Vice President Dr. Mahamudu Bawumia has said that H.M. Queen Elizabeth II’s life and times offer important lessons in unselfish public service and leadership that are worthy of imitation in the current period.
President Akufo-representative Addo’s at the event, Dr. Bawumia, recalled Ghana’s “historic” relations with the Commonwealth and the Queen, before and even after Ghana gained her independence in 1957. The service was jointly organized by the Anglican Communion, Ghana, and the British High Commission.
“As a member of the Commonwealth, Ghana has had an historic relationship with the UK, and by extension Her Majesty the Queen. The passing of Her Majesty the Queen has been received here with heavy hearts, prompting His Excellency the President to direct that all official flags in Ghana fly at half-mast for seven days.
“The highpoints of Ghana’s relationship with her majesty were in the years 1961 and 1999 with her official visits. Indeed, in her 1961 visit, a special high-life tune was composed in her honour called Welcome Your Majesty.
“Her famous dance with Ghana’s first President and influential Pan-Africanist, Dr. Kwame Nkrumah at a farewell ball in Accra in 1961, was described by scholars as both symbolic and significant to the Commonwealth.”
Dr. Bawumia stressed that the late monarch’s 96-year long life and 70 years of rule as Queen of the United Kingdom and the Realms and as head of the Commonwealth are worth honoring despite the fact that her departure shocked the entire globe.
In a time when the African continent saw powerful anticolonial and independence surges, Her Majesty the Queen displayed exceptional leadership (1950s and 60s).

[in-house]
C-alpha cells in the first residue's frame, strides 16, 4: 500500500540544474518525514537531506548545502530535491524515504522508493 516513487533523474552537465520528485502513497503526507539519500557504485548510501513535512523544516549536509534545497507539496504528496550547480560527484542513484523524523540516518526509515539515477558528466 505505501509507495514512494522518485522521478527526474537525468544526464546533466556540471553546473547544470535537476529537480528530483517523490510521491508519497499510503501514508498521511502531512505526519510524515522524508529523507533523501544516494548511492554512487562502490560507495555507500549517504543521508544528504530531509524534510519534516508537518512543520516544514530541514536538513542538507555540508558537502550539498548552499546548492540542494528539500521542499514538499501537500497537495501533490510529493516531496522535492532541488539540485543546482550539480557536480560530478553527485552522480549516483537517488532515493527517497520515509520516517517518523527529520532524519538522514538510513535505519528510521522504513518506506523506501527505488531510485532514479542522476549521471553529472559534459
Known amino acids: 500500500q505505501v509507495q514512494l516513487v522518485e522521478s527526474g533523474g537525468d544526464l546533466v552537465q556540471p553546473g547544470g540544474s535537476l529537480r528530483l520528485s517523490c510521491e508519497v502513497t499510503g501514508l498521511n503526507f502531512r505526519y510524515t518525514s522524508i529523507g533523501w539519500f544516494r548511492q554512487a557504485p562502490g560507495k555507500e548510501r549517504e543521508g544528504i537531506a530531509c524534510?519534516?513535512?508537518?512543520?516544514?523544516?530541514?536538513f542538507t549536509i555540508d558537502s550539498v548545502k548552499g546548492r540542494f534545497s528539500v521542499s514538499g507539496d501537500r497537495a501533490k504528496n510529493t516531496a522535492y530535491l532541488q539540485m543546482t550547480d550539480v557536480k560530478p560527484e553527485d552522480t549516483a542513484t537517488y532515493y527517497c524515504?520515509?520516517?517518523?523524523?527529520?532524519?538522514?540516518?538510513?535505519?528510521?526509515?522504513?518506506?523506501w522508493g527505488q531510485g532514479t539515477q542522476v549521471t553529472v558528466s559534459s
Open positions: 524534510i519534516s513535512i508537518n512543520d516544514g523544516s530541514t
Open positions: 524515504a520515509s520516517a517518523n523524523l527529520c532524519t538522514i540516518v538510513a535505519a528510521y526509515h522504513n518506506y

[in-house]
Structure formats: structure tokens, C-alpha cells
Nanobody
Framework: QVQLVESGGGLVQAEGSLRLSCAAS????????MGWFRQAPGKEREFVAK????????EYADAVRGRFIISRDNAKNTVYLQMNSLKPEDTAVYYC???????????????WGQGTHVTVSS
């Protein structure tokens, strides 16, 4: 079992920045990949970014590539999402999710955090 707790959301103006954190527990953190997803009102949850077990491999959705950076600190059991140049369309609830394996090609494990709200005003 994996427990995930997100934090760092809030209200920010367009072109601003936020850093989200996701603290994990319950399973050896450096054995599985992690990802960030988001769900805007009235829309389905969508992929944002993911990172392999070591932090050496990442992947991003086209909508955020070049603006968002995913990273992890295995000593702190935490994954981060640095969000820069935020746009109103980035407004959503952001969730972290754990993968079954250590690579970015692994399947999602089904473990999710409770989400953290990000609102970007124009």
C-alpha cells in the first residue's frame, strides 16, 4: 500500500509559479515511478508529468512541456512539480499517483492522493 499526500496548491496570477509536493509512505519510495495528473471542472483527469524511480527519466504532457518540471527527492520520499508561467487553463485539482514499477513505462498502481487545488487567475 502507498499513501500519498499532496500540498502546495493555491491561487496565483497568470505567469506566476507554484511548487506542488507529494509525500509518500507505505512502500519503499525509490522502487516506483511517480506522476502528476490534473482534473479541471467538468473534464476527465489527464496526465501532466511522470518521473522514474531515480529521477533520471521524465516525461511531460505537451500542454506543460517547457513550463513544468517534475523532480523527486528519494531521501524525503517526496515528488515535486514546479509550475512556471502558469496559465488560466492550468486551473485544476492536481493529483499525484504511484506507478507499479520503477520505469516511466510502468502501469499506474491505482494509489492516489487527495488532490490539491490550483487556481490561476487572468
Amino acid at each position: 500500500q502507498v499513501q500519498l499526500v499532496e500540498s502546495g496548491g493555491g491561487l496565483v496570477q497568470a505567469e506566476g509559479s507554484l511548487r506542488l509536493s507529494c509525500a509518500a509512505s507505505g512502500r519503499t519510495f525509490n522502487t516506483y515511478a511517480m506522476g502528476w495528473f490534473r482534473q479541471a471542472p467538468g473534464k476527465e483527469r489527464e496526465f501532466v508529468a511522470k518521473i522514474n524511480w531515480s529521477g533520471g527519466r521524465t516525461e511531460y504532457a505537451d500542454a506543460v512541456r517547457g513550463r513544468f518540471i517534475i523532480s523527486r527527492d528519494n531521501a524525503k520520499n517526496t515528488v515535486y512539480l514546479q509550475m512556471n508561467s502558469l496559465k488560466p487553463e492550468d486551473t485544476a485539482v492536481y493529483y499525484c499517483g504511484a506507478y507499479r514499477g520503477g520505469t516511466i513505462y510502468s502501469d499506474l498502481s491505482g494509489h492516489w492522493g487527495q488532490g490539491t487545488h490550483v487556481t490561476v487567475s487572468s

Therefore, it is not surprising that the Commonwealth underwent such a significant transition during her rule.
“In these roles (Queen of the United Kingdom and the Realms and as head of the Commonwealth) Her Majesty had a yeoman’s task of overseeing the transition of Great Britain from the tensions of the post-World War II era, especially the Cold War, playing an instrumental role in granting independence to former British colonies, one of which is our beloved Ghana, and contributing immensely to the relative peace the world has enjoyed since the end of the second world war.
“Ladies and gentlemen, as we celebrate a great woman who was an embodiment of virtue, courage and affection, it is my prayer that God will accept her gentle soul to a peaceful rest.
“Once again, on behalf of H.E. the President, Nana Addo Dankwa Akufo-Addo, and all Ghanaians, I wish His Majesty King Charles III, the Royal Family, the people of the United Kingdom and the entire Commonwealth my deepest condolences.”
The late monarch’s commitment to service had a significant influence on the UK, the Commonwealth, and the rest of the globe, the Bishop of the Anglican Diocese of Accra, Rt. Rev. Dr. Daniel S.M. Torto, urged Ghanaians in a brief sermon.
“Let’s learn how to help. We have a duty to serve our country.Do not wait until someone starts speaking before joining. Serve your family, your community, and the country as a whole”Dr Bawumia added.